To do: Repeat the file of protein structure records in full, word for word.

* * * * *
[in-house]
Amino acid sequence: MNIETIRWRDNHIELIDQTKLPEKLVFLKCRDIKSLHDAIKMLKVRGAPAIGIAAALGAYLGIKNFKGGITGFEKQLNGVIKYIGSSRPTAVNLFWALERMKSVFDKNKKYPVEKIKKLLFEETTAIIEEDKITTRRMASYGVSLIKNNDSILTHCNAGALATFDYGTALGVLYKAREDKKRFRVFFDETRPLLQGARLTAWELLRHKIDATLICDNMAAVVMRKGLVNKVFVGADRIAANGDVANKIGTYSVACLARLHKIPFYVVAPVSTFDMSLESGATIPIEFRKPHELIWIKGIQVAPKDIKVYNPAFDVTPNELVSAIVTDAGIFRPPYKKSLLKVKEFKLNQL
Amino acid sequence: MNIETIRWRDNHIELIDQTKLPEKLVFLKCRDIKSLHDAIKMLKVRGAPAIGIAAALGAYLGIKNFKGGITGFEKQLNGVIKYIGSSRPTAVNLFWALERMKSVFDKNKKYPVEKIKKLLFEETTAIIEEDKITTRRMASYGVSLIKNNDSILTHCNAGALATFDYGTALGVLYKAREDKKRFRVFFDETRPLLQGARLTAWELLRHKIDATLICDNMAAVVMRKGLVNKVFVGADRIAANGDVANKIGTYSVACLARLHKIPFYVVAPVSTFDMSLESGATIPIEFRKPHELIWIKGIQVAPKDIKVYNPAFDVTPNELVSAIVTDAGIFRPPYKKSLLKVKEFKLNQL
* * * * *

[in-house]
Amino acid sequence: MNIETIRWRDNHIELIDQTKLPEKLVFLKCRDIKSLHDAIKMLKVRGAPAIGIAAALGAYLGIKNFKGGITGFEKQLNGVIKYIGSSRPTAVNLFWALERMKSVFDKNKKYPVEKIKKLLFEETTAIIEEDKITTRRMASYGVSLIKNNDSILTHCNAGALATFDYGTALGVLYKAREDKKRFRVFFDETRPLLQGARLTAWELLRHKIDATLICDNMAAVVMRKGLVNKVFVGADRIAANGDVANKIGTYSVACLARLHKIPFYVVAPVSTFDMSLESGATIPIEFRKPHELIWIKGIQVAPKDIKVYNPAFDVTPNELVSAIVTDAGIFRPPYKKSLLKVKEFKLNQL
Amino acid sequence: MNIETIRWRDNHIELIDQTKLPEKLVFLKCRDIKSLHDAIKMLKVRGAPAIGIAAALGAYLGIKNFKGGITGFEKQLNGVIKYIGSSRPTAVNLFWALERMKSVFDKNKKYPVEKIKKLLFEETTAIIEEDKITTRRMASYGVSLIKNNDSILTHCNAGALATFDYGTALGVLYKAREDKKRFRVFFDETRPLLQGARLTAWELLRHKIDATLICDNMAAVVMRKGLVNKVFVGADRIAANGDVANKIGTYSVACLARLHKIPFYVVAPVSTFDMSLESGATIPIEFRKPHELIWIKGIQVAPKDIKVYNPAFDVTPNELVSAIVTDAGIFRPPYKKSLLKVKEFKLNQL